Former Alabama Attorney General, Richmond Flowers, died this week renewing the debate regarding the circumstances surrounding his political demise. I can recall seeing the movie about his life a couple of times in the 1980's. I can't recall the name of the movie but I definitely remember the part pertaining to his son Richmond Flowers Jr.
Flowers attended Auburn University and the University of Alabama Law School. Serving under Gen. Douglas MacArthur's Command during WWII, Flowers returned home to Alabama to practice law. Elected to the Alabama State Senate in 1954 and Attorney General in 1962.
The civil rights movement and the violence that followed would sharply divide the South and the Nation for years to come. Civil rights activist and volunteers were coming South to fight the cause of civil liberties and integration leaving Richmond Flowers stuck between his constitutional duties as AG and the majority of people in Alabama.
In 1965, Flowers prosecuted Lowndes County Sheriff Deputy, T.L Coleman, for the murder of a seminary student who had been helping register black voters. Coleman was also being tried for the attempted murder of a Catholic Priest.
This pitted Flowers against the conservative white voters of Alabama and Gov. George C. Wallace's political machine. I'm not sure if Flowers was just doing his duty or that he believed in the cause. Some say he believed in both. Either way this was the beginning of the end for Richmond Flowers political life.
Flowers was unsuccessful in prosecuting Coleman whereas Coleman was acquitted. Flowers would then jump into the Governor's race in 1966 losing badly to Lurleen Wallace. George C. Wallace, who could not succeed himself was still in solid control of Alabama politics. Wallace had long political arms and some still wonder just how long they could be at times.
What happened next or why and how it happened is still open for debate. Richmond Flowers wound up being charged and convicted for extortion in 1969. Claiming a political hack job and conspiracy, Flowers was unsuccessful in his appeals and went to prison in 1972. Paroled in 1974, Richmond Flowers received a Presidential Pardon from Jimmy Carter in 1978.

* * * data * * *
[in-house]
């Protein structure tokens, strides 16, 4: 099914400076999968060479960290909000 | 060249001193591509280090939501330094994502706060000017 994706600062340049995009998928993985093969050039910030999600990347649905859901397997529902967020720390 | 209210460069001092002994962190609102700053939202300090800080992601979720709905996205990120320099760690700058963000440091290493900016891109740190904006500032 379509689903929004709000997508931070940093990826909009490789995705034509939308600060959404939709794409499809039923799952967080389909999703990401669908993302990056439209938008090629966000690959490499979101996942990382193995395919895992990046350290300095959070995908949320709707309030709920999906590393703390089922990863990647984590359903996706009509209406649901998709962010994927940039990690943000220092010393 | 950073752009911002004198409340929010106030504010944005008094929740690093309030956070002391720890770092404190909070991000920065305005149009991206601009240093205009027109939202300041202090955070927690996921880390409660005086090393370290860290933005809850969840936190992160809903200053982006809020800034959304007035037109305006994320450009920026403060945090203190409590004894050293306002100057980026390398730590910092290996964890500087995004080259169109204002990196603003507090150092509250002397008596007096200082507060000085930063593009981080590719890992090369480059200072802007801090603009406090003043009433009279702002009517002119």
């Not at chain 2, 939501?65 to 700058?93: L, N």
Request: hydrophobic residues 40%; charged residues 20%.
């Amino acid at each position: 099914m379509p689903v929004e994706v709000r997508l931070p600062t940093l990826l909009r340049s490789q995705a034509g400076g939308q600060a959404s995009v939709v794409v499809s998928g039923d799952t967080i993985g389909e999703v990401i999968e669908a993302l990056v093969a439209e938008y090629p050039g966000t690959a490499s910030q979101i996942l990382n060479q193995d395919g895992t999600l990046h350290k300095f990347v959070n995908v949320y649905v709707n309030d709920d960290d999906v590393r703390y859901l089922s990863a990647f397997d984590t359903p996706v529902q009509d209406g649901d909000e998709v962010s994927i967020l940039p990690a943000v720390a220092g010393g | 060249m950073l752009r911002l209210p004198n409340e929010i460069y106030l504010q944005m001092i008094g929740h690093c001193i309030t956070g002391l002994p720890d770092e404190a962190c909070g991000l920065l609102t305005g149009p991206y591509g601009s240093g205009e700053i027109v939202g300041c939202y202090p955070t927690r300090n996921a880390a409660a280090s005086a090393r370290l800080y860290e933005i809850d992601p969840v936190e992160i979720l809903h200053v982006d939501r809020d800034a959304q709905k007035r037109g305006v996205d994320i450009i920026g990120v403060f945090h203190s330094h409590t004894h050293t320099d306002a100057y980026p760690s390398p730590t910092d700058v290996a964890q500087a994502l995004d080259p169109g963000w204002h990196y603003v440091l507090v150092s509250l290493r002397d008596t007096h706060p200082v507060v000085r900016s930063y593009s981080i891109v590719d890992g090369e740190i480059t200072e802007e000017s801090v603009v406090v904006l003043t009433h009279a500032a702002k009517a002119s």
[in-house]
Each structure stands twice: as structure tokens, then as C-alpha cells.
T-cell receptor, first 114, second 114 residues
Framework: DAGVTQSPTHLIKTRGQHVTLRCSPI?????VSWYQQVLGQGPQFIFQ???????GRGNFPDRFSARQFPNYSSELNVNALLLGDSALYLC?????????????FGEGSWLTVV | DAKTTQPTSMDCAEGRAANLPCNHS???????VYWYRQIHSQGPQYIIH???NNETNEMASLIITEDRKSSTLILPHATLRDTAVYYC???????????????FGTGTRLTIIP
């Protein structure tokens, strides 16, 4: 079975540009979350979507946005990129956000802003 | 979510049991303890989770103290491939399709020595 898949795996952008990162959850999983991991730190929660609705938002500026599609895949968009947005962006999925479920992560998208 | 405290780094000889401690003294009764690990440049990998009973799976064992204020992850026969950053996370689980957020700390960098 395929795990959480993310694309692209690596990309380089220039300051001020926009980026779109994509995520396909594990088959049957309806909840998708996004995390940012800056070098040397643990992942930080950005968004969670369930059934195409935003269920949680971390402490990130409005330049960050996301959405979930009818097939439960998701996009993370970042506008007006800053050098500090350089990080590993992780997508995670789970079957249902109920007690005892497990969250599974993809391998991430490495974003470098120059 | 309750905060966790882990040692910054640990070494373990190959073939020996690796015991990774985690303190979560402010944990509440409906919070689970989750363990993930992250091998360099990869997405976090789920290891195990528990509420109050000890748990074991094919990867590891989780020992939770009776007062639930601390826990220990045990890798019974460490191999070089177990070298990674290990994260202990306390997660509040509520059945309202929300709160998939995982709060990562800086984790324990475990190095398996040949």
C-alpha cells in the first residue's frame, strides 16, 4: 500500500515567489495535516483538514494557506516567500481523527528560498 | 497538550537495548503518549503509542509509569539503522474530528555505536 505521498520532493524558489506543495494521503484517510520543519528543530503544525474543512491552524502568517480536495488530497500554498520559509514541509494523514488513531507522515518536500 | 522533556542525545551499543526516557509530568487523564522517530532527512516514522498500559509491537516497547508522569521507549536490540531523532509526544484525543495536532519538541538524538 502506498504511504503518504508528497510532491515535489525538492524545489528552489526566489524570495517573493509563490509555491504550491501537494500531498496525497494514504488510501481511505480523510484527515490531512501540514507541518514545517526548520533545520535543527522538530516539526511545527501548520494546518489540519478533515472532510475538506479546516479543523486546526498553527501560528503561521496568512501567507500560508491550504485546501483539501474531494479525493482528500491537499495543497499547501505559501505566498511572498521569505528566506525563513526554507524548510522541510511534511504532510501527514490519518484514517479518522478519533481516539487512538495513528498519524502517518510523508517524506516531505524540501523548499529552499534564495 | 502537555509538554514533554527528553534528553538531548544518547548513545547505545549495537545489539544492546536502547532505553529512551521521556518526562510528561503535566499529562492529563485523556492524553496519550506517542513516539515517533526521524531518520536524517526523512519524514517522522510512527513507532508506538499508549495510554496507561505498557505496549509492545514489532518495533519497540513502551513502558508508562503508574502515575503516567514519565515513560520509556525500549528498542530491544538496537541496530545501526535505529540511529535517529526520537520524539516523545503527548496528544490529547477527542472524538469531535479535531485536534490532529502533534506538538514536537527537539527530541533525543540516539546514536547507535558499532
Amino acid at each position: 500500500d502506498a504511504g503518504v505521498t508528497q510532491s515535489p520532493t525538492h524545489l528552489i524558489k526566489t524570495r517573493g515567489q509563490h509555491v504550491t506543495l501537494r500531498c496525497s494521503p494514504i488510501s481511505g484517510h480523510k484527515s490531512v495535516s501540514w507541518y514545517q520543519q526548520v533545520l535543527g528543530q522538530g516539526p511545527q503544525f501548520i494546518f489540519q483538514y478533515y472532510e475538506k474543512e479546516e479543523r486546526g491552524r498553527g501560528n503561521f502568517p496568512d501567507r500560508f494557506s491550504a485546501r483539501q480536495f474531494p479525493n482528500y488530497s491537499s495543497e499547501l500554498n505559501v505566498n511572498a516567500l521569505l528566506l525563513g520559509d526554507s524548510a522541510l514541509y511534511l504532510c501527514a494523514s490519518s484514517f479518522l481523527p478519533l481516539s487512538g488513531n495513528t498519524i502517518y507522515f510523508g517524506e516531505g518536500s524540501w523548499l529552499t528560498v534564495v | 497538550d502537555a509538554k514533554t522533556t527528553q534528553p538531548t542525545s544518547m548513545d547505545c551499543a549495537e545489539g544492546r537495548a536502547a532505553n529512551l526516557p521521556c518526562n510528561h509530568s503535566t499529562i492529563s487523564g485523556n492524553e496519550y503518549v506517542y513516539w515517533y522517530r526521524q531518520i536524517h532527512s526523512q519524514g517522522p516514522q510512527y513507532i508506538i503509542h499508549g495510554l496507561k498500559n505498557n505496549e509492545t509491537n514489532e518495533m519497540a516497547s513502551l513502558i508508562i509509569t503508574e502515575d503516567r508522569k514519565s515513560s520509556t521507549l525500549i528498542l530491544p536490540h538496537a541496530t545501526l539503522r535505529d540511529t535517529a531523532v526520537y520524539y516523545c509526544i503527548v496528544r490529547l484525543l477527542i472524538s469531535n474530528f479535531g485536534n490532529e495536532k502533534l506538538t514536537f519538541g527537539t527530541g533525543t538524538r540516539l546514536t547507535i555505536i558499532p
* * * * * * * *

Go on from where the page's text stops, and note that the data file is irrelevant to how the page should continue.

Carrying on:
Had justice been served? Had Richmond Flowers bitten off more than he could chew? Had Flowers fallen victim to a plot carried out by his political enemies? We will probably never know all the facts but where Richmond Flowers did not succeed his son surely did.
One can only imagine what life was like for Richmond Flowers Jr. in the 1960's. Here you are in High School and your father is one of the most controversial and hated white men in Alabama. What do you do? You win!
Richmond Flowers Jr. would go onto to become one the greatest high school athletes not only in Alabama history but also in the South. In high school, Flowers set the national record for high hurdles, tied the national record for low hurdles and set 5 state records on his way to winning 5 individual state championships in 1964 while participating in track and field.
Colleges from across the country offered scholarships to Richmond Flowers Jr. Guess which university he chose? No, not Alabama. He chose the University of Tennessee where he participated in football as well as track and field.
By his Junior year, Flowers had become the all-time leading receiver for UT's Football Program. Before graduating, Flowers would achieve All-American status in football, track and field. He received the honor of All-American 4 times in track and field.
Drafted by the Dallas Cowboys in 1970, Flowers would be a member of the Cowboys team that played in Super Bowl V. He continued playing football for a number of years. In 1998, Richmond Flowers Jr. was named one of the 12 "Living Legends of SEC Football" and in 2002 he was inducted into the Alabama Sports Hall of Fame.
For Richmond Flowers there was no vindication for a personal, political and professional life that slipped away so quickly amidst the turmoil of the 1960's. I can only imagine the lessons and the scars that Richmond Flowers Jr. carried with him. Live a better life, be a better man and WIN!!!
I'm not sure who was right and who was wrong in this story. I don't know if Richmond Flowers thought he was Atticus Finch? I do have a sneaking suspicion that Richmond Flowers really was Atticus Finch and that my Alabama boys might have been guilty of killing a mockingbird.